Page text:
Risk monitoring with data analysis | Thomas fox
This week on the Compliance Podcast Network, I run a multi-part podcast series, Smart Automation for Risk Management, sponsored by Lextegrity Inc. As part of this series, I had the opportunity to visit Andy Miller, Chief Analytics at Lextegrity. We dove deep into risk monitoring through data analysis.
We started with a discussion of what a continuous monitoring solution is. Miller said it “provides compliance and audit teams with a comprehensive means of keeping track of transactional expenses and revenue risks in their business.” The key to the analysis is that they are so configurable and contextual with respect to your specific risks or lines of business or historical issues that your organization may have encountered, that the risk algorithm is actually tailored. to your business and exhibit and not, uh, a static setup. It has to connect to a wide variety of EPR systems such as SAP, Oracle, Concur, Workday and others.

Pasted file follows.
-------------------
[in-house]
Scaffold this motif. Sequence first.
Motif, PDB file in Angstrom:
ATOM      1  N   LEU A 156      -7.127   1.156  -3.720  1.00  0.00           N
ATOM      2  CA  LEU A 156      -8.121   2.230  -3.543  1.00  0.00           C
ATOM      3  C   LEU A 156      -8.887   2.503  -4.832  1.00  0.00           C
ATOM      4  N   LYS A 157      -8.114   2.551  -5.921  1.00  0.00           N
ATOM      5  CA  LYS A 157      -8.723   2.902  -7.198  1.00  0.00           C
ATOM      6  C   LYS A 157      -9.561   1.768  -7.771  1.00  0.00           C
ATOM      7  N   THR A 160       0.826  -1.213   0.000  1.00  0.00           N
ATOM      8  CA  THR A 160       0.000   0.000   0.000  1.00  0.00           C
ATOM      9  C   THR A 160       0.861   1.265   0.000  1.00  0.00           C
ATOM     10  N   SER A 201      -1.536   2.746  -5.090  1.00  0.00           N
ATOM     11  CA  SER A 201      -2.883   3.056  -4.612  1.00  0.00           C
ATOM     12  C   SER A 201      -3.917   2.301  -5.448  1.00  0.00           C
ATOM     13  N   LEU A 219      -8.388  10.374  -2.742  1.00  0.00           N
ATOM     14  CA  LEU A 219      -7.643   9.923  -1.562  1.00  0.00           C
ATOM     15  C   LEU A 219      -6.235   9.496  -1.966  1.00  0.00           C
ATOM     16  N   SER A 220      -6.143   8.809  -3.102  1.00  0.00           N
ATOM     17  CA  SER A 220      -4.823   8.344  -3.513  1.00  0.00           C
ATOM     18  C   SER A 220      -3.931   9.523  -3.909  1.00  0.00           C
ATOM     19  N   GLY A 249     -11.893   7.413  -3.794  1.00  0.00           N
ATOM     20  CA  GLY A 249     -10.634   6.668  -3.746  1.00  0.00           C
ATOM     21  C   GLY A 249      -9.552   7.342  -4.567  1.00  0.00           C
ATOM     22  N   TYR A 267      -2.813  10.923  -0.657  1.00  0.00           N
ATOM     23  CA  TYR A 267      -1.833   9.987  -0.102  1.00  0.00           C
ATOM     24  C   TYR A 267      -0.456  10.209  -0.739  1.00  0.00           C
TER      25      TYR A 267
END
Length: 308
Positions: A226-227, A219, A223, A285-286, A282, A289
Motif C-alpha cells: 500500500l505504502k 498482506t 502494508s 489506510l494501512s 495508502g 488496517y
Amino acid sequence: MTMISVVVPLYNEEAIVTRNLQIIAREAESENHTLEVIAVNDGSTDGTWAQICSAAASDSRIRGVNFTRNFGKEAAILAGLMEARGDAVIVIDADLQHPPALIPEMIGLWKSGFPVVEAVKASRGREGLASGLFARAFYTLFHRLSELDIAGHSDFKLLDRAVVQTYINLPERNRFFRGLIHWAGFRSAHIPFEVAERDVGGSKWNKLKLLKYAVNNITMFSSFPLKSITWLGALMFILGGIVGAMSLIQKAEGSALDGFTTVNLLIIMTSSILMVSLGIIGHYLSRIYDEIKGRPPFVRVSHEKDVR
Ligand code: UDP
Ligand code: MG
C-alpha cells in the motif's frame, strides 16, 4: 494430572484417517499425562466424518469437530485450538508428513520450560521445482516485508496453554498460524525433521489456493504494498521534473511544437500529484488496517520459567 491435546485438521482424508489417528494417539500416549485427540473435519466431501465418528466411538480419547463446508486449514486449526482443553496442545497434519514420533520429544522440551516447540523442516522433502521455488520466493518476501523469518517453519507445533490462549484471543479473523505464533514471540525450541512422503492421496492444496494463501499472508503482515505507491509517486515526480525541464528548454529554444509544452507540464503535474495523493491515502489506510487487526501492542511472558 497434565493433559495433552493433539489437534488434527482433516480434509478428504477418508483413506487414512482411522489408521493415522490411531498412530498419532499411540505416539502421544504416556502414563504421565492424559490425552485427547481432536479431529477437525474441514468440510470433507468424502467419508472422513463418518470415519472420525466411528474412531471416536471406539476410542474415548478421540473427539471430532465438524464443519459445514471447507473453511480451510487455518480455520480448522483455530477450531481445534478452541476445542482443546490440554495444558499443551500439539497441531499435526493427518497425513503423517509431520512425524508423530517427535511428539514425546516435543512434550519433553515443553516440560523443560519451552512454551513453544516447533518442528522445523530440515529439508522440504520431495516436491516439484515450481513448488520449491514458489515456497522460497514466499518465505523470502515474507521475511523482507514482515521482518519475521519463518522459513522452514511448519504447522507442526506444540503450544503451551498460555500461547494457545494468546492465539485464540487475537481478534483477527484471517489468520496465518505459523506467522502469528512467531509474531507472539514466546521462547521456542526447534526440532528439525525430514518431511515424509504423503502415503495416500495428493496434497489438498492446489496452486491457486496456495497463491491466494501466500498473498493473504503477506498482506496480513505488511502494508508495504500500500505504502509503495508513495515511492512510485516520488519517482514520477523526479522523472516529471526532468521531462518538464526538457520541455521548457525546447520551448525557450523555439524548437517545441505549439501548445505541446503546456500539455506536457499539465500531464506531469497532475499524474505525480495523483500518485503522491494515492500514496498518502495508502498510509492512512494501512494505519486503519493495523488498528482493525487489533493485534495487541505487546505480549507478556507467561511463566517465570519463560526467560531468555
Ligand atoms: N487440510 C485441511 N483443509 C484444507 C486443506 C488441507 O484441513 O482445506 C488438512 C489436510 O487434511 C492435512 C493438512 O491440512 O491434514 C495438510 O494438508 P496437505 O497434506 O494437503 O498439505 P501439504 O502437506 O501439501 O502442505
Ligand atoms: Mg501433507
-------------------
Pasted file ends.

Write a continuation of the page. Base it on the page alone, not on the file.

The Department of Justice (DOJ) 2020 update on the assessment of corporate compliance programs (2020 update), which for the first time required compliance practitioners and the compliance function of company have access to a company’s data lakes. Miller thinks the 2020 update has truly been an eye opener for many risk professionals and businesses that need to do better. Compliance professionals must have access to their own data as risk professionals and they must have an actual plan and program to monitor their business data. This works directly on the first two components of any compliance program; to prevent and detect actions that could be fraudulent, corrupt such as bribery or other actions that could put your business at risk. This is even truer in 2021 as the DOJ ramps up its enforcement efforts. A continuous monitoring solution provides compliance and audit teams with a comprehensive means of keeping the pulse of transactional expenses and revenue risks.
The key is that your continuous monitoring solution should be flexible and adaptable to your specific business. You should have analyzes that are spread across a variety of areas to look for specific types of risk in that general risk-based area. This allows you to identify transactions that could be associated with wrongdoing such as bribery, bribery or fraud. What many compliance professionals struggle with, however, is separating the wheat from the chaff. In other words, they’re bogged down in the details of a transaction like spending on gifts, travel and entertainment (GTE), lack of approval on discounts, or third-party issues and don’t have the ability to take a step back and envision a bigger picture.